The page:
In the program listing, the program statements "START TRANSACTION" and "END TRANSACTION" delimit the extent of a "recovery unit" and are recognized by the recovery feature of the memory or data base management facility. If this facility is, for example, the RMS journaling facility, the statement "START-- TRANSACTION" has the specific form of "$START-- RU" and the statement "END-- TRANSACTION" has the specific form of "$COMMIT-- RU".
In the above program listing, it is apparent that the code for the application data base and computation process corresponding to the application name appears sandwiched between the code for the exactly-once semantics interface. At a deeper level in the system, however, the exactly-once semantics interface affects the organization of the application data base and the reading and writing between the application data base and computation processes and the application data base. Therefore, the exactly-once semantics interface 22 need not be implemented as code at the same level as the code for the application data base and computation processes. Instead, the exactly-once semantics interface can be implemented in the deeper level subroutines which open the application file, read and write application records and close an application file. Such an organization is depicted in the flowchart 50 of FIG. 4.
For the sake of illustration, it is assumed that each application has an associated application file including records which define the permanent states of the objects which are modified by the transactions performed by the application. In this case the application may have the organization depicted in the flowchart 50 of FIG. 4. In the first step 51, the application file is opened. If the application file cannot be opened, the application must terminate without success. Otherwise, in step 52, the application may read and write application records in the application file. Finally, in step 53, the application file is closed, and execution returns successfully.
When an application is configured as shown in FIG. 4, the exactly-once semantics interface can be implemented in the routines which open the application file, read and write application records, and close the application file. The step 51 of opening the application file, for example, may delimit the beginning of recovery unit for the application, and the step 53 of closing the application file may delimit the end of the recovery unit. The matching of the task identification number may be performed in the step 51 of opening the application file, and if a match occurs, then execution may return immediately after the application file is closed. Otherwise, the task identification number may be written into the application file during the step 53 of closing the application file.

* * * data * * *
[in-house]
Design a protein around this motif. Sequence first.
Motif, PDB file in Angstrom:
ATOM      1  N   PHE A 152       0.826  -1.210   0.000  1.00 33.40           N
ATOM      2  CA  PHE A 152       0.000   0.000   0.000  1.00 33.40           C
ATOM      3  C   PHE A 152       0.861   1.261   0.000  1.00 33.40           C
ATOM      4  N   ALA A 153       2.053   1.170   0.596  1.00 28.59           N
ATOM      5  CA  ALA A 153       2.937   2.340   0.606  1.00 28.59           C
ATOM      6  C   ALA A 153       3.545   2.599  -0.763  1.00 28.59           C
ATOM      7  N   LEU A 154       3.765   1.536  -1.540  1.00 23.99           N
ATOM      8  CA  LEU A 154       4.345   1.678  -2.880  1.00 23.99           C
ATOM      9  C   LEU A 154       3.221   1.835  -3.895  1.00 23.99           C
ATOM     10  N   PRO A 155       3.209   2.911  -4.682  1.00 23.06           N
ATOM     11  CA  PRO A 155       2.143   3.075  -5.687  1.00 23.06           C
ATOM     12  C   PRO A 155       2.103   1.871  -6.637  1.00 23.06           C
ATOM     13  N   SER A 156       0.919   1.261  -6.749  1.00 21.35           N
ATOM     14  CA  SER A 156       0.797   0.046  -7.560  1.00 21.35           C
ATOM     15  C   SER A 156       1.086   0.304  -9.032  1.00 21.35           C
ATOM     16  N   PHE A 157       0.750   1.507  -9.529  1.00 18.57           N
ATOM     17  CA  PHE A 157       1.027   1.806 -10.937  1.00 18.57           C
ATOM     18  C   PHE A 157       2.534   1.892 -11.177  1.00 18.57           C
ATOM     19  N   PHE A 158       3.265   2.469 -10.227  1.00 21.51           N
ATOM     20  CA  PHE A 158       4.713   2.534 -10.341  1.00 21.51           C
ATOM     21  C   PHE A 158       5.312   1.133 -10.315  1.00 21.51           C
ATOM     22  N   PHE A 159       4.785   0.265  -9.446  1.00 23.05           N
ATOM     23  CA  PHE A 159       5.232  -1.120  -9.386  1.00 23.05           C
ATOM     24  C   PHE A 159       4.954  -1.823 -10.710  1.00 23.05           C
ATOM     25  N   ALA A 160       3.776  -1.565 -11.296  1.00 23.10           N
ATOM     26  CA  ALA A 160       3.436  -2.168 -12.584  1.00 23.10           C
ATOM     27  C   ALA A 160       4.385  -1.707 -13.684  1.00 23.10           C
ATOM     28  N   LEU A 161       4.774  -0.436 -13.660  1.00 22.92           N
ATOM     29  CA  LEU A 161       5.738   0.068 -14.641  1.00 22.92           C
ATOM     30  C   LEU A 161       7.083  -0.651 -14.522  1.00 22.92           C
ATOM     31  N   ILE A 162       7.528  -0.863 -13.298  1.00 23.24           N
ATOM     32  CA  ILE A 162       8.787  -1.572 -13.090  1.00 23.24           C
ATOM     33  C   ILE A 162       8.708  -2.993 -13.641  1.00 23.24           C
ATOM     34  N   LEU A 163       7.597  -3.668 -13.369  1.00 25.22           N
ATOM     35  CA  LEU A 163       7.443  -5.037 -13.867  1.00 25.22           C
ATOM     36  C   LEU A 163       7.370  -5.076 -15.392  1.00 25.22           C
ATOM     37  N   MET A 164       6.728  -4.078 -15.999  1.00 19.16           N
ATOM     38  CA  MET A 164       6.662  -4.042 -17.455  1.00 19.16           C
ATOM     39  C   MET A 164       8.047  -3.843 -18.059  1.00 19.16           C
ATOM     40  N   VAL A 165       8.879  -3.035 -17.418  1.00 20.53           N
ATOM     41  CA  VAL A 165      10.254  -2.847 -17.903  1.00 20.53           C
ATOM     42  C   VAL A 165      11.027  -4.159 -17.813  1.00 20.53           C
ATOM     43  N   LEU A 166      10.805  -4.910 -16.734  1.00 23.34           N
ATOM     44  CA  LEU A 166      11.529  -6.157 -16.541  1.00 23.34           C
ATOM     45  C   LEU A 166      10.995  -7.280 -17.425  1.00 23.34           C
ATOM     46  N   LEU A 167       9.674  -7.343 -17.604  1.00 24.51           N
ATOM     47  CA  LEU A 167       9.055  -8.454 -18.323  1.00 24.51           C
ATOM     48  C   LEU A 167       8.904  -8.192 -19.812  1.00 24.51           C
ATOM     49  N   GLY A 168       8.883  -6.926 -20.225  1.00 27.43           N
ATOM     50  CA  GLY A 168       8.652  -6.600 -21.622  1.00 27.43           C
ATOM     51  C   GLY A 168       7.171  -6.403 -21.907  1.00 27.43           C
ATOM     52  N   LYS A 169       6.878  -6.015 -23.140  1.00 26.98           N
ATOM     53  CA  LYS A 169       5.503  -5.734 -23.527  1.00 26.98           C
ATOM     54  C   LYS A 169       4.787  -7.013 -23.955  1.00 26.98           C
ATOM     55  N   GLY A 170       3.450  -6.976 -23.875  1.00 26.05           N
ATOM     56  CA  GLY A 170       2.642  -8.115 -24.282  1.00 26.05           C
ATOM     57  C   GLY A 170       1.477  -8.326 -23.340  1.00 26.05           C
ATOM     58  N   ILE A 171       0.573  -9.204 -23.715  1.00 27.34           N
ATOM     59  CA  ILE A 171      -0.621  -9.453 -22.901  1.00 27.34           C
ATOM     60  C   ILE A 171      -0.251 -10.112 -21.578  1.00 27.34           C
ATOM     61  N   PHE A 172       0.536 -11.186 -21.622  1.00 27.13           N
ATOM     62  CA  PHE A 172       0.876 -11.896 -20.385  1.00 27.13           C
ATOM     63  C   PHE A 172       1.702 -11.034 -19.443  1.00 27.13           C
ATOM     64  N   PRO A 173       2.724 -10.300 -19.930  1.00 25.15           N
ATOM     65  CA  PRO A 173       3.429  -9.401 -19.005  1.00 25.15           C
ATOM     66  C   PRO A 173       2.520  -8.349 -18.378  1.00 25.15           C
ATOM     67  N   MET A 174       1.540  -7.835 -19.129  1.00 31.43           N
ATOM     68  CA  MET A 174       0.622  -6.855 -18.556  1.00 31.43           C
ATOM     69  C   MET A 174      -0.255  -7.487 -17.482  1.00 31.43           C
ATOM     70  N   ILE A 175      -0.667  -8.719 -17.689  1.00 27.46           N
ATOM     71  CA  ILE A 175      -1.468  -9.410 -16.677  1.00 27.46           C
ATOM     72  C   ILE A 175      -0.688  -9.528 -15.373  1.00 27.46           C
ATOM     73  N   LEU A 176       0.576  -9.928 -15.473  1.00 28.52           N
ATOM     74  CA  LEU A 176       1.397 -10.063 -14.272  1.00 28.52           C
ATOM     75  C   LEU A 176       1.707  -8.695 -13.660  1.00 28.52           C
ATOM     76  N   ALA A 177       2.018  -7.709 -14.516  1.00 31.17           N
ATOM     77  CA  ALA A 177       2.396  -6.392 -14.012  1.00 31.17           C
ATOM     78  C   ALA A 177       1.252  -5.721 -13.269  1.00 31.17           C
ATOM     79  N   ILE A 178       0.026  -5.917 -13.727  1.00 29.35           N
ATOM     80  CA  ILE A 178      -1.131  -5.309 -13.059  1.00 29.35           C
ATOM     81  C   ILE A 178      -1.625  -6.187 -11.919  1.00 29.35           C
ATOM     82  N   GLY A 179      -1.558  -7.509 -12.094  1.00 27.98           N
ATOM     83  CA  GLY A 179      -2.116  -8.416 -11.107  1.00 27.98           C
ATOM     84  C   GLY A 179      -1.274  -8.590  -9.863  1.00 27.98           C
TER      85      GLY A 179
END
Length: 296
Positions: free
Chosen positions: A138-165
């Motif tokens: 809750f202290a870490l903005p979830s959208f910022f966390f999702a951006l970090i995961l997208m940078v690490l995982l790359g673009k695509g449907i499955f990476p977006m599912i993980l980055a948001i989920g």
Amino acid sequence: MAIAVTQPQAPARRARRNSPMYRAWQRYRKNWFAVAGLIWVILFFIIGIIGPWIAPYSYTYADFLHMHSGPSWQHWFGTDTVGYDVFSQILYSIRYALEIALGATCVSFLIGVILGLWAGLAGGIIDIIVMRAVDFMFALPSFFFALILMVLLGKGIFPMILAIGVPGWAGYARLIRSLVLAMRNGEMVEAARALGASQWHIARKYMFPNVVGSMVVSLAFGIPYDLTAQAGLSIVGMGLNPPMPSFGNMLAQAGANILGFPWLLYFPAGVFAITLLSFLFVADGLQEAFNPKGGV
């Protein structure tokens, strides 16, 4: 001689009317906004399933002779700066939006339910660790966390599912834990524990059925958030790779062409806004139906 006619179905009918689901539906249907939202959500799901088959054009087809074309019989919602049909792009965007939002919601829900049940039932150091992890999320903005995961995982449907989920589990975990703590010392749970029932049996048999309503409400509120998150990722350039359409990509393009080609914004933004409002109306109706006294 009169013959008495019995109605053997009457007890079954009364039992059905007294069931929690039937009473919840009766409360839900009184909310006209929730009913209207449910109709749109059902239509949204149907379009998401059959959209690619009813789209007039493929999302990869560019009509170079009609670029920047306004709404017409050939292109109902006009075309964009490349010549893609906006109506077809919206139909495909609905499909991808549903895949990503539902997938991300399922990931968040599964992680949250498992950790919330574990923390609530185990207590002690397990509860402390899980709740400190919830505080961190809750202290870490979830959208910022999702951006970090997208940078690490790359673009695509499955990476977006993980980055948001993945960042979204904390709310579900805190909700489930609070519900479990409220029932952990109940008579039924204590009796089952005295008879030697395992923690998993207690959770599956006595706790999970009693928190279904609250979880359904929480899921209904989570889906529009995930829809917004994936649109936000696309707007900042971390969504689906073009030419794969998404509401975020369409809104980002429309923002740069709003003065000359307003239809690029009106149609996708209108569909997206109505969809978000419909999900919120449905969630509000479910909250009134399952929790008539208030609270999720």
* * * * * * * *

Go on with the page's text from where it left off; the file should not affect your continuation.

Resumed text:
It should be noted that the task identification numbers can be stored in the application data base in any number of ways. If the queued task initiator 20 (FIG. 1) and the application data base and computation processes (18 in FIG. 1) are implemented on the same computer or processor, then attempted duplicate updating of an application data base after a partial system failure or abnormal termination will attempt to update the application data base a second time with the same task identification number that was just previously stored in the application data base. Therefore, it is only necessary to store a single task identification number in the application data base.
In a multiple processor system in which the queued task initiator 20 and application data base and computation processes are performed by multiple computers or processors such that multiple applications may access different application data base files at the same time, then it is at least necessary to store one task identification number in each application file. Depending upon how conflicts between simultaneous applications are resolved, it might be necessary to store a number of task identification numbers in each application file. In the worst case the data base must store the task identification number of every task on the queue that has been invoked, because it is possible that each such task may have been completed but not removed from the queue at the time of abnormal termination. The number of task identification numbers that must be stored can be cut down to one per application file by insuring that the queued task initiator will not invoke an application when the task queue has on it a prior task using the same application; in other words, in step 41 of FIG. 3, steps 42 and 44 will be skipped (and the "next task" pointer will not be advanced) if the next task data read from the queue has an application name matching an application name is the queue at a position closer to the head of the queue.